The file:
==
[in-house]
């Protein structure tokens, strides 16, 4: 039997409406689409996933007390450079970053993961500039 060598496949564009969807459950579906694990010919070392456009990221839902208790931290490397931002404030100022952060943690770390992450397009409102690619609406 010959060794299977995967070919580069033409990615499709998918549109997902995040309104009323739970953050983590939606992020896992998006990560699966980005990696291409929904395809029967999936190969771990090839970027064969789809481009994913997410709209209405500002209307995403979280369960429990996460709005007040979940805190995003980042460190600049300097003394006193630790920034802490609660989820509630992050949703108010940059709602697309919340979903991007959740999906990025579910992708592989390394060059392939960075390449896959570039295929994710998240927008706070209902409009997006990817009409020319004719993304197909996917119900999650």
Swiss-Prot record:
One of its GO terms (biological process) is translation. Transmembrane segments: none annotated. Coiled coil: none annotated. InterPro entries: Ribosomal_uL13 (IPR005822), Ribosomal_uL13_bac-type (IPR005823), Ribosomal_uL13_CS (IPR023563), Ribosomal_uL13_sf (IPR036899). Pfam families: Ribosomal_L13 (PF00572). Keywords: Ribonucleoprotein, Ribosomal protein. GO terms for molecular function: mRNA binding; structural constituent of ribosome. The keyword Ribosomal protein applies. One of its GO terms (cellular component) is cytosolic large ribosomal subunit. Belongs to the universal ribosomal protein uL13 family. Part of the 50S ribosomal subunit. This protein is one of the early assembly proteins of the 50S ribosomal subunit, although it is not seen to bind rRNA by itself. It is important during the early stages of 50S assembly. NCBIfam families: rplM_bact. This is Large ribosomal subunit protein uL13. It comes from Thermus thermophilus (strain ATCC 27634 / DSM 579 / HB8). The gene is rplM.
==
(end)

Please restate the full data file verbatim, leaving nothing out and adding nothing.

[in-house]
């Protein structure tokens, strides 16, 4: 039997409406689409996933007390450079970053993961500039 060598496949564009969807459950579906694990010919070392456009990221839902208790931290490397931002404030100022952060943690770390992450397009409102690619609406 010959060794299977995967070919580069033409990615499709998918549109997902995040309104009323739970953050983590939606992020896992998006990560699966980005990696291409929904395809029967999936190969771990090839970027064969789809481009994913997410709209209405500002209307995403979280369960429990996460709005007040979940805190995003980042460190600049300097003394006193630790920034802490609660989820509630992050949703108010940059709602697309919340979903991007959740999906990025579910992708592989390394060059392939960075390449896959570039295929994710998240927008706070209902409009997006990817009409020319004719993304197909996917119900999650």
Swiss-Prot record:
One of its GO terms (biological process) is translation. Transmembrane segments: none annotated. Coiled coil: none annotated. InterPro entries: Ribosomal_uL13 (IPR005822), Ribosomal_uL13_bac-type (IPR005823), Ribosomal_uL13_CS (IPR023563), Ribosomal_uL13_sf (IPR036899). Pfam families: Ribosomal_L13 (PF00572). Keywords: Ribonucleoprotein, Ribosomal protein. GO terms for molecular function: mRNA binding; structural constituent of ribosome. The keyword Ribosomal protein applies. One of its GO terms (cellular component) is cytosolic large ribosomal subunit. Belongs to the universal ribosomal protein uL13 family. Part of the 50S ribosomal subunit. This protein is one of the early assembly proteins of the 50S ribosomal subunit, although it is not seen to bind rRNA by itself. It is important during the early stages of 50S assembly. NCBIfam families: rplM_bact. This is Large ribosomal subunit protein uL13. It comes from Thermus thermophilus (strain ATCC 27634 / DSM 579 / HB8). The gene is rplM.